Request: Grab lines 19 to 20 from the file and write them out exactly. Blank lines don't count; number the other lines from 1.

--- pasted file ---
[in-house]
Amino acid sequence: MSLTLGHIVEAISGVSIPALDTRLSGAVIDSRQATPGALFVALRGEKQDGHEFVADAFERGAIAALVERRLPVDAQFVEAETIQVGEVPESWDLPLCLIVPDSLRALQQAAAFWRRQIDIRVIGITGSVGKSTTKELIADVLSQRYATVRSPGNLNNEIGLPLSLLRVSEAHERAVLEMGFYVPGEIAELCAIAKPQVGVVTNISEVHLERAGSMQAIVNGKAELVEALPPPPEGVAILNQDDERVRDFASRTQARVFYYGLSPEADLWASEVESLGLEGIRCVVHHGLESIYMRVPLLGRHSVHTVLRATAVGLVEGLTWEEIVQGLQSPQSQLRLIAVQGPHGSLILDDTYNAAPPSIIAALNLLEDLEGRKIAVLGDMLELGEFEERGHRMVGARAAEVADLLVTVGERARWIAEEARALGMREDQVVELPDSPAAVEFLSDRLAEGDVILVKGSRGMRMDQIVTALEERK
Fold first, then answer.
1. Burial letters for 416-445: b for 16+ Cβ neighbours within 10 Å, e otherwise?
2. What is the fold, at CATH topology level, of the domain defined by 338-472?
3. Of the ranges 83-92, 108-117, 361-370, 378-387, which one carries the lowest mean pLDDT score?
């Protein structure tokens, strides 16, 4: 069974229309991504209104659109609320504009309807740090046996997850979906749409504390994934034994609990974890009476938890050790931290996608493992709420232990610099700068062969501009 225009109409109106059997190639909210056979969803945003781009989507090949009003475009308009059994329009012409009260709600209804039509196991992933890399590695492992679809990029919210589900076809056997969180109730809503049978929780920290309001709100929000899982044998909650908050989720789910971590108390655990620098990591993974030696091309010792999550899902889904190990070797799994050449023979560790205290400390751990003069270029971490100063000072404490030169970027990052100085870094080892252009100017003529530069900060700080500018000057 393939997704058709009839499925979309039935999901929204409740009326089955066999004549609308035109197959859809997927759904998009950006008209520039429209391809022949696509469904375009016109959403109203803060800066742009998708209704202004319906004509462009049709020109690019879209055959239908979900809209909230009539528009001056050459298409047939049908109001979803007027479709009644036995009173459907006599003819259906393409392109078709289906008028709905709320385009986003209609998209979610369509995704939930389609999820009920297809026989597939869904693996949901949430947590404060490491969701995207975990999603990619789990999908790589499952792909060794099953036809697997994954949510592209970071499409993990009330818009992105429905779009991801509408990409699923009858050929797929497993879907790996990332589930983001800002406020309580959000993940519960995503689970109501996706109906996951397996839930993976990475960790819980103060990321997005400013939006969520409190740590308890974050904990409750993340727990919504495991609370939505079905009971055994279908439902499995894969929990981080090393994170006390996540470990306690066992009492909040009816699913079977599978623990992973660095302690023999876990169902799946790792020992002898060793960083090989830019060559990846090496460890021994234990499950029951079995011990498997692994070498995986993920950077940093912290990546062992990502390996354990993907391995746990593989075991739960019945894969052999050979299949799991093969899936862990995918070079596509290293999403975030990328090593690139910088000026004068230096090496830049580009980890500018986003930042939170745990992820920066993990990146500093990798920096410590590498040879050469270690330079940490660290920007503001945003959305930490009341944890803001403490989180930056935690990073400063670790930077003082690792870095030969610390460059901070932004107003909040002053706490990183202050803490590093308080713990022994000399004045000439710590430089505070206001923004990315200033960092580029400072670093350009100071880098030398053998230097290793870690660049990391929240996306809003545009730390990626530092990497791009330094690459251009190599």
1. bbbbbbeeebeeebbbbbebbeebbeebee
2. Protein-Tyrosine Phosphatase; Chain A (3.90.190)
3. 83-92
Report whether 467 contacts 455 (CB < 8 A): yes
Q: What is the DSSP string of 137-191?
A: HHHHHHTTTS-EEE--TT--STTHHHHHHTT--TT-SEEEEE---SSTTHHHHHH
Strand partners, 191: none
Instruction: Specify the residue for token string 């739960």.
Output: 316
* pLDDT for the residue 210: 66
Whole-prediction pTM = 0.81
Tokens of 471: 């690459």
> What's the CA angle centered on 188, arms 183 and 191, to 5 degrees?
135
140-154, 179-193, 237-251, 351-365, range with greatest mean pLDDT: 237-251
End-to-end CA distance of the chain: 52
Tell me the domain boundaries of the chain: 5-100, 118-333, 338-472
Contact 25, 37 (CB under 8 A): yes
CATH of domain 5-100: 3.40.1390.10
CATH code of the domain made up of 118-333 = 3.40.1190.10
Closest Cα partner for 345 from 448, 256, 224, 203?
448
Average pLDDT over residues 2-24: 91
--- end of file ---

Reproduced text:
Tokens of 471: 């690459």
> What's the CA angle centered on 188, arms 183 and 191, to 5 degrees?